About Success Builder
How do you find your place in life? How do you find something to do that both comes naturally to you and makes you happy? The answer is that you have to apply the knowledge you’ve gained from university and from life itself correctly. The Success Builder Project features HSE University graduates who have discovered themselves through an interesting business or an unexpected profession. The protagonists share their experiences and lessons learnt and talk about how they’ve made the most of the opportunities they were given.
ICEF graduate Nare Meloyan is now a researcher at the Sberbank Laboratory of Neurosciences and Human Behaviour. After ICEF, she enrolled in a master’s programme at the HSE Institute for Cognitive Neuroscience and successfully used her education in finance to work in cognition studies. In this interview with Success Builder, Ms Meloyan explained how programming skills help in research, how she used an original approach to get a job and the way Sber tries to understand how the human brain works.
What led you to choose an education in finance?
At school, I was interested in many things, from various branches of math to languages and programming. I wanted to do everything and so it was a tough choice. Ultimately, when the time for admission was approaching, I learned about economics, got interested in it and, along with my parents, opted for HSE. I understood that such a major enables a person to do what they want in the future. The ICEF programme in particular attracted my attention because it provided a wide array of opportunities, thanks to instruction in English, dual diplomas and great teachers. My parents supported my choice. They have a similar education, approve of my choice of profession and take great interest in it.
Have you ever wanted to study programming in greater depth? This skill is in high demand in every way.
Yes, I did have a desire to continue with that. I initially planned to enroll as a programming major, but then I realised that programming could be part of a wider education as an economist. Actually, I can’t get by without this skill now. You can’t manage in any area without programming; it’s even necessary in neuroscience, in any analytical field. After earning my bachelor’s degree, my programming knowledge really helped me excel as a master’s student.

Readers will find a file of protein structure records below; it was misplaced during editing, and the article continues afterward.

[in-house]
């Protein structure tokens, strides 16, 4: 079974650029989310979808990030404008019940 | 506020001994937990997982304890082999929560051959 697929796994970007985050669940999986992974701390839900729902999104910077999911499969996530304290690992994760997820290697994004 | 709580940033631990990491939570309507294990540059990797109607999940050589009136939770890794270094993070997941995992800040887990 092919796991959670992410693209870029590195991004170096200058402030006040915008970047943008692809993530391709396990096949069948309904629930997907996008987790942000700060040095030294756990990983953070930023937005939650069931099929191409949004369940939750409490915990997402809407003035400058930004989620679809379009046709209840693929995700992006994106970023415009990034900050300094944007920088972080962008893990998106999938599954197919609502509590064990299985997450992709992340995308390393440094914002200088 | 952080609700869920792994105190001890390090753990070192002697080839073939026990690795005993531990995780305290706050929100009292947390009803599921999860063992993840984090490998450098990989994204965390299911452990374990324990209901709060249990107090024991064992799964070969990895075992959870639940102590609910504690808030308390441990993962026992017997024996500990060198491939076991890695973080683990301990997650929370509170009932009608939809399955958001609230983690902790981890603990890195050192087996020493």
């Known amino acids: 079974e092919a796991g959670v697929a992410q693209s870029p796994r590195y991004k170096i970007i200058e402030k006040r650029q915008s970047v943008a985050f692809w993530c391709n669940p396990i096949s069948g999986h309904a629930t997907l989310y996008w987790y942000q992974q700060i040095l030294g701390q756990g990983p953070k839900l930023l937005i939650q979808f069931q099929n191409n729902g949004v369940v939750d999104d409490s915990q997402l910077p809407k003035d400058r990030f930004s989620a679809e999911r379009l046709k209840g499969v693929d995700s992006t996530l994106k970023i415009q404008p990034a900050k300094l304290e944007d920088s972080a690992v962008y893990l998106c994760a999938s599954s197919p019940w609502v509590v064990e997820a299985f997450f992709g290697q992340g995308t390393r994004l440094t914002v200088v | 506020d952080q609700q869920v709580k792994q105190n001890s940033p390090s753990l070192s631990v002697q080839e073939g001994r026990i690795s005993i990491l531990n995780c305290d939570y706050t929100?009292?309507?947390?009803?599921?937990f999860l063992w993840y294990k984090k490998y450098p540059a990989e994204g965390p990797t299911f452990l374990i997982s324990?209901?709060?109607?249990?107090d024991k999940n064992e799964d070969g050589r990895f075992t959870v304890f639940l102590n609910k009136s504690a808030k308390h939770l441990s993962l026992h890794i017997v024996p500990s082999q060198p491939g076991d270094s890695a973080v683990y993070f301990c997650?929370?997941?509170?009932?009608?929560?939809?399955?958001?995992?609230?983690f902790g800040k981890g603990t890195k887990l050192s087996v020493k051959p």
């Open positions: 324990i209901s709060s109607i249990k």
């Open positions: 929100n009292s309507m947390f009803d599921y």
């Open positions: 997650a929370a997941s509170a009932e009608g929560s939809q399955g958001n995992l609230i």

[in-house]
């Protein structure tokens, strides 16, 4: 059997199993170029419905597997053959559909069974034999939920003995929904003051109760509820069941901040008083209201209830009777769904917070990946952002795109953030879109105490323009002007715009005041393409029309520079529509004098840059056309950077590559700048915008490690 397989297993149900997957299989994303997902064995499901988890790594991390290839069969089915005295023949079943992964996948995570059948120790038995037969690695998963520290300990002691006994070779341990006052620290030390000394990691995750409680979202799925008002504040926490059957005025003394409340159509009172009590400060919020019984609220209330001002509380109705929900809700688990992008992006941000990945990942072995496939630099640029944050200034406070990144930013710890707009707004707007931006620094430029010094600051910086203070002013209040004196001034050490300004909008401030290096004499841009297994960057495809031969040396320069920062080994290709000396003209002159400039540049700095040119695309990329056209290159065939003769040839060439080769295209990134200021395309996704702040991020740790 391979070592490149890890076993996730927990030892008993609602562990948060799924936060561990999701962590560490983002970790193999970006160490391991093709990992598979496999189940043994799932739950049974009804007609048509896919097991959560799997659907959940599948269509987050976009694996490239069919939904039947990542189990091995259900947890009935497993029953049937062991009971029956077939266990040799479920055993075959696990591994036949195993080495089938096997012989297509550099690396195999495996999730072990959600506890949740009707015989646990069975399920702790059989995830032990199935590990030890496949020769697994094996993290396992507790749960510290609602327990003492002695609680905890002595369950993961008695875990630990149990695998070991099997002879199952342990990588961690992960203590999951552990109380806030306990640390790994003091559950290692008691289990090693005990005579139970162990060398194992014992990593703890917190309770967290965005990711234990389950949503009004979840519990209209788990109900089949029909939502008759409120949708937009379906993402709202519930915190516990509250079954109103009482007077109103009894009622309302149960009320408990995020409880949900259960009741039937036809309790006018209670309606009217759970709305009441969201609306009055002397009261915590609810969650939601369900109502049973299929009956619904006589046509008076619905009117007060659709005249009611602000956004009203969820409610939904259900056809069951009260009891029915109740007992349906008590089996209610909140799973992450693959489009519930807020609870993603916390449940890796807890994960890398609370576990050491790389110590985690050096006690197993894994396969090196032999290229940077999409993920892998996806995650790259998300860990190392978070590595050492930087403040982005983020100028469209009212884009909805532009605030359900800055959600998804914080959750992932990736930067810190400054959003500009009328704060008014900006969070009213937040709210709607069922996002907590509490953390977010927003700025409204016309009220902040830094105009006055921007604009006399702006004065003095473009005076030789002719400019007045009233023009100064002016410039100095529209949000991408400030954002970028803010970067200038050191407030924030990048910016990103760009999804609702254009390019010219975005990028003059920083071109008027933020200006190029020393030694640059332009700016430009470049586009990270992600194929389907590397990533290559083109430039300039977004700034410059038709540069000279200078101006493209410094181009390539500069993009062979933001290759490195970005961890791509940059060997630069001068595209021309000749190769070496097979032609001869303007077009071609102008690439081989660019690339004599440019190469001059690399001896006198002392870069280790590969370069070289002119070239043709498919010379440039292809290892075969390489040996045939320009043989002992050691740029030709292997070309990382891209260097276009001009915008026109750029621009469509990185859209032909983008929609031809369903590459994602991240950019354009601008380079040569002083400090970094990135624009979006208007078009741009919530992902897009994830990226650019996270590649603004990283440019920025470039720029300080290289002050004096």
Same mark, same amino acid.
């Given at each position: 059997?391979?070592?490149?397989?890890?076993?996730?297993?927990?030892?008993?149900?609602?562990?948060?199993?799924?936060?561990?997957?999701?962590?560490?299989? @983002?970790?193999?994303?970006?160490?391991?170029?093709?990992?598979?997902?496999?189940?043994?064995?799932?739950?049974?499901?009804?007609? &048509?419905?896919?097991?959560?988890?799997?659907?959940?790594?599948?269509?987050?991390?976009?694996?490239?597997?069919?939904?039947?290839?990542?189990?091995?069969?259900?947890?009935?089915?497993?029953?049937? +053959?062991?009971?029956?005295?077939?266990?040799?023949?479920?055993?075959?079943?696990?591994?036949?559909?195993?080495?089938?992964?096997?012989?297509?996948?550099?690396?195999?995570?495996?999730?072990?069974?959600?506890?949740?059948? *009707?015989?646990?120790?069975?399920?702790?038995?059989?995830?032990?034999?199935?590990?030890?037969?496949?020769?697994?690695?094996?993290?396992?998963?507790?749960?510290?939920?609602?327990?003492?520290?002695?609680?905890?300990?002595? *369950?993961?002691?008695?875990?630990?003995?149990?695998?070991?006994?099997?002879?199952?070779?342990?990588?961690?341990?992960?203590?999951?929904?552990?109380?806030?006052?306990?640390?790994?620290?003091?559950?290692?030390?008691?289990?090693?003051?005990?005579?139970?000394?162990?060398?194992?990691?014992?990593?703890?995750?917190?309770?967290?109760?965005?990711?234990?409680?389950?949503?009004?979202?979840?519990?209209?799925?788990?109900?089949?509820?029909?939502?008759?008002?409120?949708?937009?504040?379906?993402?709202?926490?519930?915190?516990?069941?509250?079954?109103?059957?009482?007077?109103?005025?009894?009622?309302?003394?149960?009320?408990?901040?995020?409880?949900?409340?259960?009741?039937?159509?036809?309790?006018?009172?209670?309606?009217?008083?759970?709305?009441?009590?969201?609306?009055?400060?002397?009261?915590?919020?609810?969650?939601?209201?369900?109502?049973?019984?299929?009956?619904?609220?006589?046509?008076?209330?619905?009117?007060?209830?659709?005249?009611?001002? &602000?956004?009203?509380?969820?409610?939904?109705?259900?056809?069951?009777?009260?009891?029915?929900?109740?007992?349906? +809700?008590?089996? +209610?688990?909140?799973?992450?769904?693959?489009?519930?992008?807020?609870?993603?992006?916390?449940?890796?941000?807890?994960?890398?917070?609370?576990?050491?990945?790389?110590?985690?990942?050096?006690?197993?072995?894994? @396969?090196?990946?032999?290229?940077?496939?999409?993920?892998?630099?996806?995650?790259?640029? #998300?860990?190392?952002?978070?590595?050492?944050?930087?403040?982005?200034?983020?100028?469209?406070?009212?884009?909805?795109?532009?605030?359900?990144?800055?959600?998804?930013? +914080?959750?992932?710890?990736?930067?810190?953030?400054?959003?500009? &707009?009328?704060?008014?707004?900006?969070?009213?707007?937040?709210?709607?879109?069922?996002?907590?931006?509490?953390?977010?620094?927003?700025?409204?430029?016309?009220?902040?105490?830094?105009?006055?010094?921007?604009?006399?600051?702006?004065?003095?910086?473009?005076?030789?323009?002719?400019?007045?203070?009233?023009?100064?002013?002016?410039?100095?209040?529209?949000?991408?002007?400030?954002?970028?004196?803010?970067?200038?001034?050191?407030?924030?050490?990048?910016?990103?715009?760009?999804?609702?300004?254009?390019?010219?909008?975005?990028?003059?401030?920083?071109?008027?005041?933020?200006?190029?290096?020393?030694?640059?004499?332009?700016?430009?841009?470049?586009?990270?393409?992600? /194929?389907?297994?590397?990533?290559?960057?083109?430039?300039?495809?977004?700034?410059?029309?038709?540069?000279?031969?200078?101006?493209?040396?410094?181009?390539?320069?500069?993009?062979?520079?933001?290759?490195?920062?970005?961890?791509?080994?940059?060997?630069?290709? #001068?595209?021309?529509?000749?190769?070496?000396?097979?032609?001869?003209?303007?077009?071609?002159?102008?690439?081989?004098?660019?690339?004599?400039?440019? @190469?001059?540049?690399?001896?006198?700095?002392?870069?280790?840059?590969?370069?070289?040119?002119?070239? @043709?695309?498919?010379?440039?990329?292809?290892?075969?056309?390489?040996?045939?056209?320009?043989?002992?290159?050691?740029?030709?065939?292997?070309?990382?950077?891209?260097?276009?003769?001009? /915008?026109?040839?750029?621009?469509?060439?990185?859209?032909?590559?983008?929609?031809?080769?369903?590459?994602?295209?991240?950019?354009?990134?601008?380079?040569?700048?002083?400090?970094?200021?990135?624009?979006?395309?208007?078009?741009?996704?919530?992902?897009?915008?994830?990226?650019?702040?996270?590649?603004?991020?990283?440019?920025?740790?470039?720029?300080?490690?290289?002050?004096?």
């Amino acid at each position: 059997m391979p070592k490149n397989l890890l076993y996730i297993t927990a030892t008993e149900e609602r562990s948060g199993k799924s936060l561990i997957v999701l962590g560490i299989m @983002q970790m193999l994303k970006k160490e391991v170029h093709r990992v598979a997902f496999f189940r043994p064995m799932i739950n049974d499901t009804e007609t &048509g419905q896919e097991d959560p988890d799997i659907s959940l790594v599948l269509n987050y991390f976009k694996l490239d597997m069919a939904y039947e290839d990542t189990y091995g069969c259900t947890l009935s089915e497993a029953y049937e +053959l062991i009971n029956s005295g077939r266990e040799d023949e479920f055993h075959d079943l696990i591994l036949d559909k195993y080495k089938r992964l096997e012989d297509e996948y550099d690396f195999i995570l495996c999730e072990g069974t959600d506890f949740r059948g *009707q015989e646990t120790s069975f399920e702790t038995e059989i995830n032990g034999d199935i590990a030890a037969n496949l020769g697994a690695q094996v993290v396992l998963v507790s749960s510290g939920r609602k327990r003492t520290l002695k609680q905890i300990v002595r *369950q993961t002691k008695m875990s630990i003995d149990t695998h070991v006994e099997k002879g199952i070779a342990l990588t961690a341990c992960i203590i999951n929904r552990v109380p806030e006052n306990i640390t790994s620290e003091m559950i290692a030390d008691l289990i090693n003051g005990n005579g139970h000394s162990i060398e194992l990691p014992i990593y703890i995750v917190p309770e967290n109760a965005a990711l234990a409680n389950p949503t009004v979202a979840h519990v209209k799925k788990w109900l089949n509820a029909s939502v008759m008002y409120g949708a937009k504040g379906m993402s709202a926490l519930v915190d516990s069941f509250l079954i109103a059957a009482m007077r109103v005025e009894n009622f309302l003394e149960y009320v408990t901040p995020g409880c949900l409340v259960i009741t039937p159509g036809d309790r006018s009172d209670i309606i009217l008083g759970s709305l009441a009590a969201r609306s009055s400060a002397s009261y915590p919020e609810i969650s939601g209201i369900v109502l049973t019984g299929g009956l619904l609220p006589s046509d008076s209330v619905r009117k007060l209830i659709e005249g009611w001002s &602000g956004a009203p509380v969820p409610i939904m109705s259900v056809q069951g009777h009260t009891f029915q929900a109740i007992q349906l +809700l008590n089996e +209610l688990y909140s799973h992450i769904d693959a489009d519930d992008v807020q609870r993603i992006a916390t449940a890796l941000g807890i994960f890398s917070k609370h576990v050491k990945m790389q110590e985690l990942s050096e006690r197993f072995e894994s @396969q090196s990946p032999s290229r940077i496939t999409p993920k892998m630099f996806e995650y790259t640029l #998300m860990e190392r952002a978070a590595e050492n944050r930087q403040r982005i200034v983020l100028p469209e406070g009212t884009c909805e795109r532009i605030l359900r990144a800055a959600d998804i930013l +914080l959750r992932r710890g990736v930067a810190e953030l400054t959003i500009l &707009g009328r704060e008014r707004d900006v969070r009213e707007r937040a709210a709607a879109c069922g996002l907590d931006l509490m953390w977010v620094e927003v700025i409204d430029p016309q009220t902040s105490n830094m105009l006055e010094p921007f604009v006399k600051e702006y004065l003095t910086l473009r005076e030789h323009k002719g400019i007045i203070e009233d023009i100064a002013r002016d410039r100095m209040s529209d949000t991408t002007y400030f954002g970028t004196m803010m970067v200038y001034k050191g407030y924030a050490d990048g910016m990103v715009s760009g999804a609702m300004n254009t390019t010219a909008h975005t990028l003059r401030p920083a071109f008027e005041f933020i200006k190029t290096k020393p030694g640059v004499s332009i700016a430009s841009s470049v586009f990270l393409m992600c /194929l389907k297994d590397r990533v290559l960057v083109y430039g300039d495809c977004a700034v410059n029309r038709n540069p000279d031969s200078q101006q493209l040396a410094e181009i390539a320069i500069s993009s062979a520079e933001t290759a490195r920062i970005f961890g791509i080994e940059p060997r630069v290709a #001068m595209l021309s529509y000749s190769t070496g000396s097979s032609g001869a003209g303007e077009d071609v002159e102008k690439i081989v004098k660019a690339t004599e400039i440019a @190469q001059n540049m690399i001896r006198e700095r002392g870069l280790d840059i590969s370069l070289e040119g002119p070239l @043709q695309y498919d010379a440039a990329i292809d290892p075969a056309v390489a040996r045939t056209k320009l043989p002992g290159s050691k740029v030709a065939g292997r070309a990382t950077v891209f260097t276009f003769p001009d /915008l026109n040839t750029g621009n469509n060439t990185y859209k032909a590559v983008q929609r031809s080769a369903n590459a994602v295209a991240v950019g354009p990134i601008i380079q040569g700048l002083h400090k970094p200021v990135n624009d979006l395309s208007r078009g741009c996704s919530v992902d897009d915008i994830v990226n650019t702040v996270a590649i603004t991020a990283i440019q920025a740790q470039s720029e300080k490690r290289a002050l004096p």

What other interesting things did you discover about economics once you were at the university?
I could see the economy in its full context. It explains the world around us. Indeed, economic theory addresses all the processes taking place before our eyes.
Economic models explain almost everything around us
In my third year, I became interested in behavioural economics because classical economic theory didn’t provide all the answers. In fact, the main premise of traditional economic theory is that agents or participants in processes act rationally. In life, though, everything happens differently. Behavioural economics rejects this premise, arguing that agents are irrational, and tries to study the world from this point of view.
An economic model is something of a simplification: to describe what is happening in the world, you must reach a compromise between assumptions and reality. If we want a deeper understanding of how a person makes decisions, then we must turn to such fields as behavioural economics, cognitive science and psychology.
As a result, I wrote my final thesis on behavioural economics under Alexei Belyanin. He is an important figure in this field and an excellent research advisor.
How, in general, can you teach yourself to think academically?
I focused more on applied things at ICEF and encountered academic work only during my master’s programme. That was probably where I began thinking like a researcher because the programme Cognitive Sciences and Technologies: From Neuron to Cognition was academically oriented. Most of its graduates are engaged in science or enrolled in graduate or PhD programmes. We took special courses where we learned how to do research in a structured way, formulate and test hypotheses, write scientific articles and conduct research and analytics.
For me, the scientific method is first and foremost about objectivity. It is important to critically evaluate the degree to which experiments and results are valid in relation to the theory being tested. You can’t put absolute faith in any statements, even if they come from reputable scientists, because all data can be tailored to the required result through various manipulations.
Why did you go into cognitive science?
After graduating from ICEF, I wanted to continue studying the phenomenon of decision-making and I decided that the best way would be to try to look into the human brain. I chose a focus in graduate school that enabled me to learn more about neuroscience, cognitive science, emotions, genetics and other areas, as well as learn how to work with equipment.
I looked at many programmes, both foreign and Russian, but Cognitive Sciences and Technologies: From Neuron to Cognition seemed like the best choice. First, it was at my alma mater, HSE. Second, it was taught in English. With professors from all over the world working in this programme’s labs, I had the opportunity to continue my undergraduate research on seduction and self-control, now with a greater focus on neuroscience. I enrolled and studied with great pleasure.